So, in the summer of 2011, six months after my first actual attempt at suicide, I took a trip up to Mt. Lassen National Park. There was still 10-15 feet of snow on the ground. There were smelly sulfur hot springs everywhere, the remnants of the volcanic explosion about 100 years ago. Sitting there, alone, I knew I was really close to two decisions. End my life (this time, I had figured out a much less painful way of going about this). Or maybe enjoy life without the bipolar disorder. The former was a valid choice, in my mind. And honestly, on bad days, it’s still tempting. The latter is possible, but medically, bipolar is not curable. It’s just managed.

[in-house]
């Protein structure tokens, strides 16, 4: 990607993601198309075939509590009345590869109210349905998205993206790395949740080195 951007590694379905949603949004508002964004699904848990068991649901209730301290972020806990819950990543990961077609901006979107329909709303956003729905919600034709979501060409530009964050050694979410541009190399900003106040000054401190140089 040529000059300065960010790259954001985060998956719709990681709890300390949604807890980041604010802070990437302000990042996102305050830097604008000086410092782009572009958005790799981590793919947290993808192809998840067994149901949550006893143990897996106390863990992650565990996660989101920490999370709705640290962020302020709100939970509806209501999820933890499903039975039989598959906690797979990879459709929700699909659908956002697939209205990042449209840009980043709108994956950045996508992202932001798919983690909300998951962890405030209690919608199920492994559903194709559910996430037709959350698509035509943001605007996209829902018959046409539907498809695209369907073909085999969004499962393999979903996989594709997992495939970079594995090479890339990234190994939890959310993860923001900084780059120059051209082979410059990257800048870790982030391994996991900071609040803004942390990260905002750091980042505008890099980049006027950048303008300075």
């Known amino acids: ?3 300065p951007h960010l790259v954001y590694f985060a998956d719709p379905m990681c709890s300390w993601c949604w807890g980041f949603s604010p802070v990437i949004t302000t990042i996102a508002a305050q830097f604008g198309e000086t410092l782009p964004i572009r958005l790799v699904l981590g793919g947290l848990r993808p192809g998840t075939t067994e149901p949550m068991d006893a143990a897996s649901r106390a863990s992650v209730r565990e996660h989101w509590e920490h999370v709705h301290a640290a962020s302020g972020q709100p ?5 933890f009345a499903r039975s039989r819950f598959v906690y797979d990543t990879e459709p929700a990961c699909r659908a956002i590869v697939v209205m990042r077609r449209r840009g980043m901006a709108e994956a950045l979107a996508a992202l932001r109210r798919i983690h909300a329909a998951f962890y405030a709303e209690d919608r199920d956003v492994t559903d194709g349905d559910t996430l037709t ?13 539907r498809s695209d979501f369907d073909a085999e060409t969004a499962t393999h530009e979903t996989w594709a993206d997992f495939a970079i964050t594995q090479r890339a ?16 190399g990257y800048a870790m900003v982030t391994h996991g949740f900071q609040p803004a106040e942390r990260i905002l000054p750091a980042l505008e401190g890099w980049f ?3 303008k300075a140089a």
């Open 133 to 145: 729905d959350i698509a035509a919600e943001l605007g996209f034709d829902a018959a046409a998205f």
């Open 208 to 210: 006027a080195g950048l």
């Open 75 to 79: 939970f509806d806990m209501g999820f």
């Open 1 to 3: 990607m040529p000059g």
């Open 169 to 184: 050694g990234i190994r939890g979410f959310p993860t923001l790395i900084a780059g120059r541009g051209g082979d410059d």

I’m writing this article, so you can presume I chose to live. I still get manic, just less so. I still get depressed, just less so. But it’s hard. Being manic is like the best drug ever. You literally do feel like you’re the Master of the Universe. Every day, I’d rather be manic than not. Seriously, it’s almost impossible to explain.

I don’t know what to think of my life. I’ve visited 78 countries. How many people can say that? I’ve been a minor character in a best selling book (complicated story). I’ve shared a holiday dinner with Gloria Estefan (an accident, while entertaining a cardiologist). I’ve invented a medical device that’s saved hundreds of lives. I’ve made millions of dollars. I’ve raced a BMW on the Michelin test track in South Carolina. I’ve had life fulfilled.